This week’s episode of The Dropout finally delivered the intensity and intrigue it has so desperately needed. While predictable in its delivery, its injection of morally sound fresh blood has raised the stakes in Theranos’ survival, the first domino kicking off the impending downfall of a Forbes favorite. Where “Flower of Life” briefly introduced Tyler Schultz (Dylan Minnette), “Iron Sisters” delivers a dynamic duo in both Tyler and Erika (Camryn Mi-young Kim), the newest lab hire within the company. They are the driving force in this episode, Sunny (Naveen Andrews) and Elizabeth (Amanda Seyfried) falling to the background. It is powerful and it is potent, giving those who fight for justice a leg to stand on.
Take a Back Seat
“Iron Sisters” opens with Elizabeth Holmes speaking to the camera, the marketing campaign making her the face of the company in full force. As she answers questions from the gentleman behind the camera, there is a nervous excitement in her face, the blank canvas behind her creating a dynamic eye-line. There is an instant understanding, without even seeing the final product, as to why this add campaign will succeed.
As we continue to take in the moving image before us, there is a hidden eeriness as well, the camera lights causing Elizabeth’s eyes to appear almost serpent-like. Almost as though the camera can see what others can not – the con artist hiding behind the facade. “Flowers of Life” showed Elizabeth taking a drastic turn from her own moral compass, finding relief in Ian’s death (“now he can’t testify”), and stealing another company’s technology to hide the failings of her own. It is a striking image, especially as the words she speaks match the facade, platitudes designed to entice and intrigue.
This marketing creation will come in and out of the episode, the platitudes only growing, Elizabeth seemingly falling to the background of corporate creation. While her role in the episode does grow as it progresses, we see how she has changed. She is strong, intimidating, and conniving, confident in her power and ploy with those around her. Yet, she is not the only one that seems to take a step back.
Sunny seemingly falls out of the limelight in “Iron Sister”. He is seen moving in the background, rather than being front and center. He, like Elizabeth, only moves back to the foreground when intimidation and strength are needed to manage and stronghold those “outliers”. The departure of Elizabeth and Sunny from a mostly foreground narrative setting speaks to the distance that has been created within Theranos. When the series began, there was an intimate nature to the interactions of Elizabeth and her staff, and intimacy that has severely grown distant with each passing episode, each addition of security, and each restriction placed on the Theranos staff. The further away she and Sunny are also speaking to how untouchable they have seemingly become. Just out of reach from consequence.
Blow the Whistle
This episode is rooted in telling the stories of those dedicated to bringing Theranos down – whether it be due to moral requirements or retaliation. For Tyler and Erika, their morality drives them to begin asking questions, attempting to bring as much attention to the problems within the company as they can – even if it means reaching out to Elizabeth directly. They are not as easily convinced of the charade Sunny and Elizabeth have fabricated over the years.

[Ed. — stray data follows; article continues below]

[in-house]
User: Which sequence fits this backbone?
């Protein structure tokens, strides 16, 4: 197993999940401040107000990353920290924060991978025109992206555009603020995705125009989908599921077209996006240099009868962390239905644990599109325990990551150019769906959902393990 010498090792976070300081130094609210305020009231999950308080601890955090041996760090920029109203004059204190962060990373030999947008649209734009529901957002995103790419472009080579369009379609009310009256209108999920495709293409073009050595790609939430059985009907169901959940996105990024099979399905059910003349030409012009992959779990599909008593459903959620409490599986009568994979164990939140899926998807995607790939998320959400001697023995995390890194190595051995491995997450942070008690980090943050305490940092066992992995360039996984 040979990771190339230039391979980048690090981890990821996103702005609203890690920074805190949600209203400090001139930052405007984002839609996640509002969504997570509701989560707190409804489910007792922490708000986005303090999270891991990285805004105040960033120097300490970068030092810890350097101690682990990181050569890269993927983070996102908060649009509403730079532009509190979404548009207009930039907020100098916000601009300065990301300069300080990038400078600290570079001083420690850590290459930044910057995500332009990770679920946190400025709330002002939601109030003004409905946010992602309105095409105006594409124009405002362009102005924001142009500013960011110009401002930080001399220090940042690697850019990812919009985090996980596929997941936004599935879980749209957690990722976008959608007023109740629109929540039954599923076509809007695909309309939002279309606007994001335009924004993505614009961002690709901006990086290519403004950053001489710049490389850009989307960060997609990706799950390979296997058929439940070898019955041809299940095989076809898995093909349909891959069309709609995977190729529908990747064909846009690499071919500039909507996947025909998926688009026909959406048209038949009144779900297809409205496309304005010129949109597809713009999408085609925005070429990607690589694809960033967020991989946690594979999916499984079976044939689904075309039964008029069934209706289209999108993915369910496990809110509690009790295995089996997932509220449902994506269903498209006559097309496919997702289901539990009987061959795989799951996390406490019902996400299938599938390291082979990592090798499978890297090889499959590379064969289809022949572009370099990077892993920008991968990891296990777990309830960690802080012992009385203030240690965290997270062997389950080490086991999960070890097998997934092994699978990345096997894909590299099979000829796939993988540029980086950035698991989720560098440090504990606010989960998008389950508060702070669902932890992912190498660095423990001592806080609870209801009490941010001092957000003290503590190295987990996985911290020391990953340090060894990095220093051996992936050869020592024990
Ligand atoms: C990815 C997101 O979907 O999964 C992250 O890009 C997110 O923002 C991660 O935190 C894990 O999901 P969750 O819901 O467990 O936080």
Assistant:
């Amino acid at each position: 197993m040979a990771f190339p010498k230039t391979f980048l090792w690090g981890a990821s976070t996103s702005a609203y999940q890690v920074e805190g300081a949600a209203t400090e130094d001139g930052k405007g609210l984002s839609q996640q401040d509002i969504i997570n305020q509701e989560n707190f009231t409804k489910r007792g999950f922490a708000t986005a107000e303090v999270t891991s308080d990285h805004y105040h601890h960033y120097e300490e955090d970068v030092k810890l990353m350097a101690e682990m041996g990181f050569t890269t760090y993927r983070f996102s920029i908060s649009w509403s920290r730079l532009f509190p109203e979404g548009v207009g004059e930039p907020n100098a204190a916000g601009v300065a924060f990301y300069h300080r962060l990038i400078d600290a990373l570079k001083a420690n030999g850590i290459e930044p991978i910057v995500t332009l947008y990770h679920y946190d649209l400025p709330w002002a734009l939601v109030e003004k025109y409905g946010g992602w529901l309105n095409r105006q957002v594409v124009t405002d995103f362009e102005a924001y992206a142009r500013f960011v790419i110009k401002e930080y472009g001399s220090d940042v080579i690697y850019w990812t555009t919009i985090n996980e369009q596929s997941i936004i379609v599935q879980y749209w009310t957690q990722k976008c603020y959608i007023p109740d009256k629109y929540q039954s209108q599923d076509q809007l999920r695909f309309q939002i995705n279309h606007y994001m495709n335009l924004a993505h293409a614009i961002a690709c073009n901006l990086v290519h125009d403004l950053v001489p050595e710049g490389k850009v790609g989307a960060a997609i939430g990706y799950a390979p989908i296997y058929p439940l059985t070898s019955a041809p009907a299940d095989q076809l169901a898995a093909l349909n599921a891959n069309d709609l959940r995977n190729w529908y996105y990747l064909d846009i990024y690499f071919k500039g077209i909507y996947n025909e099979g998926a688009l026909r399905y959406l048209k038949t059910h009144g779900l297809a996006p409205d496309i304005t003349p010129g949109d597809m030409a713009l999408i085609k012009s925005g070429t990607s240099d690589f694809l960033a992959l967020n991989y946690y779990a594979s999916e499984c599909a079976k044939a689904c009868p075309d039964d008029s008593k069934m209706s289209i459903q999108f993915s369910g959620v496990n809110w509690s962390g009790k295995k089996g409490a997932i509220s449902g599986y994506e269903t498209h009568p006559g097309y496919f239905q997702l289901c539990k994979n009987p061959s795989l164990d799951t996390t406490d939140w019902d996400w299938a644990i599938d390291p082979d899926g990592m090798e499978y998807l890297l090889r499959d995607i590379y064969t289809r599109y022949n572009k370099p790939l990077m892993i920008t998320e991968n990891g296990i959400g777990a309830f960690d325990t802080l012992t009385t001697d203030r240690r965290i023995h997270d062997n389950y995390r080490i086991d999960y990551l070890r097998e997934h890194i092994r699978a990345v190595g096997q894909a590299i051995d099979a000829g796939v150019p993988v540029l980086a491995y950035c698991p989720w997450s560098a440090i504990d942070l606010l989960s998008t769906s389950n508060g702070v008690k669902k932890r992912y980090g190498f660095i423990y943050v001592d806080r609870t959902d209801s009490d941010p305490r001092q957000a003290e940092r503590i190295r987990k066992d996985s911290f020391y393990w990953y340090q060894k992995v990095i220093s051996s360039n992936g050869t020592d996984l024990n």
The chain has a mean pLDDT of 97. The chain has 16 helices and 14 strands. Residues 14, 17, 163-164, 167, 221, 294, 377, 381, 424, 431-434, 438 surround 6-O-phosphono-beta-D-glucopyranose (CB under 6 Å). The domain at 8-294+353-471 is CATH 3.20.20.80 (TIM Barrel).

The intensity comes not only in their juggling of denial and acceptance but in their decisions to do something about it. Yet, there are forces that go beyond Elizabeth and Sunny, Tyler’s Grandfather unwilling to hear the circumstantial accusations of his young grandson. Erika faces the seemingly same prospects as Ian Gibbons, telling the truth risking her livelihood, both in-home, finances, and career.
While both Minnette and Camryn Mi-young Kim deliver noteworthy performances, Mi-young Kim stands out, her morally driven character solid and resolved, yet not superhuman. One scene, in particular, captures her struggle to hit send on an email she and Tyler drafted to send to Elizabeth, forcing her to be aware of their concerns. A panic sets in, Mi-young Kim allowing her character to experience the fear and anxiety of this moment, viewers watching how one decision can change the course of her future flash before her eyes.
But it is not just Tyler and Erika that drive the fall of the first domino. Dr. Fuisz (William H. Macy) has kept his promise to try and bring Theranos down, teaming with Stanford Professor Phyllis Gardner (Laurie Metcalf) and widow Rochelle Gibbons (Kate Burton). While Dr. Fuisz has been able to make contact with a Wall Street reporter, he needs something substantial to corroborate his claims – a source. And as the source comes into the picture, inspired by the bravery of others, and Tyler and Erika return a call to the Wall Street journalist, it seems that Theranos’ time has run out.
This was the best episode of The Dropout thus far. For the first time, I was excited for the next episode, looking forward to seeing the pieces crumble into place. There has been such an interwoven facade created and has remained seemingly structurally sound. Yet, while one facade can break through glass ceilings so too can a pebble of truth.
Have you seen the latest episode of The Dropout? What did you think? Let us know in the comments below!
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